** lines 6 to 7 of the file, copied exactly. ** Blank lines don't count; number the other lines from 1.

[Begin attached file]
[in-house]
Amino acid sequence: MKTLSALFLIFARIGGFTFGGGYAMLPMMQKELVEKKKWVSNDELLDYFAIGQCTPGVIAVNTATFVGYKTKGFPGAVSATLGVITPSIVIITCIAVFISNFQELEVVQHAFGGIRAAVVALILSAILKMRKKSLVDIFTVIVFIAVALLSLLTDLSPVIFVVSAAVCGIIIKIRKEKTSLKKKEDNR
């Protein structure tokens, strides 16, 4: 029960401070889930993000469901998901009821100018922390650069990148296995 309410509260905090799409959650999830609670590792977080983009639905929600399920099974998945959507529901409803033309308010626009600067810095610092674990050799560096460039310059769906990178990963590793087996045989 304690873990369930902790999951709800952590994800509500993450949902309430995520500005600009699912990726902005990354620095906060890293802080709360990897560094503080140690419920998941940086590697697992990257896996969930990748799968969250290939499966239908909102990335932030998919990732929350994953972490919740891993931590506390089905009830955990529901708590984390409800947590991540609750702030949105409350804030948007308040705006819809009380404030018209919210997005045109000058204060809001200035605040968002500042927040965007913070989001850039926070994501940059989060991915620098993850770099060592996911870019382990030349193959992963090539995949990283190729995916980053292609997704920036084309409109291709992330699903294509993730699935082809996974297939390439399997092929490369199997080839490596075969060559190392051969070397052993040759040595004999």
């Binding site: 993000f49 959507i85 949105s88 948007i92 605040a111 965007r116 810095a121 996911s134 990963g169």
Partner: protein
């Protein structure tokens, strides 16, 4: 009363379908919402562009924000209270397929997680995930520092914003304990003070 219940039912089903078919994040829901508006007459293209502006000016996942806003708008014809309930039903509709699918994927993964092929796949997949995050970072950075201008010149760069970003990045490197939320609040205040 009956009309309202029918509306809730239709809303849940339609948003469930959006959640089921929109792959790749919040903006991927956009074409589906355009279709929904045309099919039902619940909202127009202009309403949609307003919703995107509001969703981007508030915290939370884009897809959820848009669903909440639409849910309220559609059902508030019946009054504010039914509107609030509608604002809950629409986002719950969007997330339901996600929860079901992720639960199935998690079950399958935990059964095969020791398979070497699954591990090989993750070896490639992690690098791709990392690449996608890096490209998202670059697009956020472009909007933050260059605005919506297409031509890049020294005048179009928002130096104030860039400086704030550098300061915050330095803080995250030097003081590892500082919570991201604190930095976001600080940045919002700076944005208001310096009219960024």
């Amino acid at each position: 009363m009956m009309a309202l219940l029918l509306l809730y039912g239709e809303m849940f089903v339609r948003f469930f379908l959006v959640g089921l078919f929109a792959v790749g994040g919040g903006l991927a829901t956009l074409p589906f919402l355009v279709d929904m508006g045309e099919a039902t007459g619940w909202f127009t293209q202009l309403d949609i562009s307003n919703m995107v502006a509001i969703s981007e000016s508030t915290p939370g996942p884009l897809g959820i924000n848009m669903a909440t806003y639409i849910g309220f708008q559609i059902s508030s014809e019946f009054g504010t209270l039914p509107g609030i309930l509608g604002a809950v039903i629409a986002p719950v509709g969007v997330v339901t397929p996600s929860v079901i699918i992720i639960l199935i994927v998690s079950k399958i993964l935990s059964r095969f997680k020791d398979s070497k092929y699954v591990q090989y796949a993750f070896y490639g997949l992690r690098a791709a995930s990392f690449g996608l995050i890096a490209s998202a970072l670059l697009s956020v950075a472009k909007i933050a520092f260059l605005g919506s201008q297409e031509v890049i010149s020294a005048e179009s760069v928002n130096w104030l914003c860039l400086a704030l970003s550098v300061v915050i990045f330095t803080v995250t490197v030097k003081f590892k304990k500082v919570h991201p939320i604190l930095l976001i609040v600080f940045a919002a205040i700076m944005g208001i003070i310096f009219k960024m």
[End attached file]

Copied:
């Protein structure tokens, strides 16, 4: 009363379908919402562009924000209270397929997680995930520092914003304990003070 219940039912089903078919994040829901508006007459293209502006000016996942806003708008014809309930039903509709699918994927993964092929796949997949995050970072950075201008010149760069970003990045490197939320609040205040 009956009309309202029918509306809730239709809303849940339609948003469930959006959640089921929109792959790749919040903006991927956009074409589906355009279709929904045309099919039902619940909202127009202009309403949609307003919703995107509001969703981007508030915290939370884009897809959820848009669903909440639409849910309220559609059902508030019946009054504010039914509107609030509608604002809950629409986002719950969007997330339901996600929860079901992720639960199935998690079950399958935990059964095969020791398979070497699954591990090989993750070896490639992690690098791709990392690449996608890096490209998202670059697009956020472009909007933050260059605005919506297409031509890049020294005048179009928002130096104030860039400086704030550098300061915050330095803080995250030097003081590892500082919570991201604190930095976001600080940045919002700076944005208001310096009219960024």
């Amino acid at each position: 009363m009956m009309a309202l219940l029918l509306l809730y039912g239709e809303m849940f089903v339609r948003f469930f379908l959006v959640g089921l078919f929109a792959v790749g994040g919040g903006l991927a829901t956009l074409p589906f919402l355009v279709d929904m508006g045309e099919a039902t007459g619940w909202f127009t293209q202009l309403d949609i562009s307003n919703m995107v502006a509001i969703s981007e000016s508030t915290p939370g996942p884009l897809g959820i924000n848009m669903a909440t806003y639409i849910g309220f708008q559609i059902s508030s014809e019946f009054g504010t209270l039914p509107g609030i309930l509608g604002a809950v039903i629409a986002p719950v509709g969007v997330v339901t397929p996600s929860v079901i699918i992720i639960l199935i994927v998690s079950k399958i993964l935990s059964r095969f997680k020791d398979s070497k092929y699954v591990q090989y796949a993750f070896y490639g997949l992690r690098a791709a995930s990392f690449g996608l995050i890096a490209s998202a970072l670059l697009s956020v950075a472009k909007i933050a520092f260059l605005g919506s201008q297409e031509v890049i010149s020294a005048e179009s760069v928002n130096w104030l914003c860039l400086a704030l970003s550098v300061v915050i990045f330095t803080v995250t490197v030097k003081f590892k304990k500082v919570h991201p939320i604190l930095l976001i609040v600080f940045a919002a205040i700076m944005g208001i003070i310096f009219k960024m």